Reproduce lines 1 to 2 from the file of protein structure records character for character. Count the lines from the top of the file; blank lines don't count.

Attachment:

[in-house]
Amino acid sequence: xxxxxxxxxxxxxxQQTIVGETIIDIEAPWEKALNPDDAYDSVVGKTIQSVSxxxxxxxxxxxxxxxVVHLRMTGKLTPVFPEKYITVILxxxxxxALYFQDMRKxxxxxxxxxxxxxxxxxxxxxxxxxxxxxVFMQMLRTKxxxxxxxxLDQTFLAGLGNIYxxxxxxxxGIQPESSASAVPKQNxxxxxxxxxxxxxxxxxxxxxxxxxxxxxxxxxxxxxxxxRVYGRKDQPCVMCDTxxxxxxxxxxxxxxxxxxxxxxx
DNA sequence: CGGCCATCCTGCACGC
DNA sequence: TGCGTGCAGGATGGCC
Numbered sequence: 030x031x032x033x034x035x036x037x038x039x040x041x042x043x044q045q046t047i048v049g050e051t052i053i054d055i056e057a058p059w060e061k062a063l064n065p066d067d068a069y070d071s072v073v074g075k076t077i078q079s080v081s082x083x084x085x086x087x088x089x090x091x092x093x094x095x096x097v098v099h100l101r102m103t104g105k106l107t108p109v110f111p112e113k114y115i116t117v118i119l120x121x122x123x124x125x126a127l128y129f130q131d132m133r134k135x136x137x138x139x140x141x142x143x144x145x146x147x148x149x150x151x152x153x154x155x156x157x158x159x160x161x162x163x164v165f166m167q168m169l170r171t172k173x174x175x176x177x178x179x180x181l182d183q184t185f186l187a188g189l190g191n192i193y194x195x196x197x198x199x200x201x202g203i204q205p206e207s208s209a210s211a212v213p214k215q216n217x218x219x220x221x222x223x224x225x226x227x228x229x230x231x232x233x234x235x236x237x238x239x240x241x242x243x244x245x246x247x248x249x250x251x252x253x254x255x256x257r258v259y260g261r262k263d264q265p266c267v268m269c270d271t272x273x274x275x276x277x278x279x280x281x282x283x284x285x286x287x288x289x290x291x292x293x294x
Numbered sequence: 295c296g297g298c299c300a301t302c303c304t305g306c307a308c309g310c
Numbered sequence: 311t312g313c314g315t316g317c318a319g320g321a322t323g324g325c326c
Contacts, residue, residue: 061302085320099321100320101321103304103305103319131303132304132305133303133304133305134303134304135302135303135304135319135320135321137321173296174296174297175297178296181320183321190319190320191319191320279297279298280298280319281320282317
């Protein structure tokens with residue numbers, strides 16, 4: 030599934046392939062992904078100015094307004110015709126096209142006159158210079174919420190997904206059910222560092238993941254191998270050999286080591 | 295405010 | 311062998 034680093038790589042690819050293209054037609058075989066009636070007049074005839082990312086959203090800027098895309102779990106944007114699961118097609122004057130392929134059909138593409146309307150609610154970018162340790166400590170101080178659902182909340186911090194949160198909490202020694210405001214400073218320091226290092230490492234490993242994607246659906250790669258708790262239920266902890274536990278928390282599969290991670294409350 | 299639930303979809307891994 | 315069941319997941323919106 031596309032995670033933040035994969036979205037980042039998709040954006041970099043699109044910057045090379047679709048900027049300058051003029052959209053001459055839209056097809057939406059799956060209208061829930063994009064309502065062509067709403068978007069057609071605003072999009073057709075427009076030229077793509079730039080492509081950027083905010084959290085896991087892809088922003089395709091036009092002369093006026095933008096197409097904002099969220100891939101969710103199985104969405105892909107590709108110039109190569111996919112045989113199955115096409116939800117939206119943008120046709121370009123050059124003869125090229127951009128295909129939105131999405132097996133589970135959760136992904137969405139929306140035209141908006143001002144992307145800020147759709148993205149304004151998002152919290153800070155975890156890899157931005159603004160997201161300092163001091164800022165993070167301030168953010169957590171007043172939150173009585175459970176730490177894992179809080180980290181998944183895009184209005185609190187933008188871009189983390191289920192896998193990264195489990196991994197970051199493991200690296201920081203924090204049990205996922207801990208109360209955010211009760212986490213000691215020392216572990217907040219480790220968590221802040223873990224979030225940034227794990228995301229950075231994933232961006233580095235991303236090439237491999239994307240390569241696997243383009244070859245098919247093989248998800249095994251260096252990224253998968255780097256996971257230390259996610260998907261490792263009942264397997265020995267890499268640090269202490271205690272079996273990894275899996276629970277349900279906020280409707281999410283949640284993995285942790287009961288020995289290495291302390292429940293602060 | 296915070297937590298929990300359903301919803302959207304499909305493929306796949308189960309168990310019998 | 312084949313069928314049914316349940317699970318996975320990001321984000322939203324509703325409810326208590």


[in-house]
Amino acid sequence: xxxxxxxxxxxxxxQQTIVGETIIDIEAPWEKALNPDDAYDSVVGKTIQSVSxxxxxxxxxxxxxxxVVHLRMTGKLTPVFPEKYITVILxxxxxxALYFQDMRKxxxxxxxxxxxxxxxxxxxxxxxxxxxxxVFMQMLRTKxxxxxxxxLDQTFLAGLGNIYxxxxxxxxGIQPESSASAVPKQNxxxxxxxxxxxxxxxxxxxxxxxxxxxxxxxxxxxxxxxxRVYGRKDQPCVMCDTxxxxxxxxxxxxxxxxxxxxxxx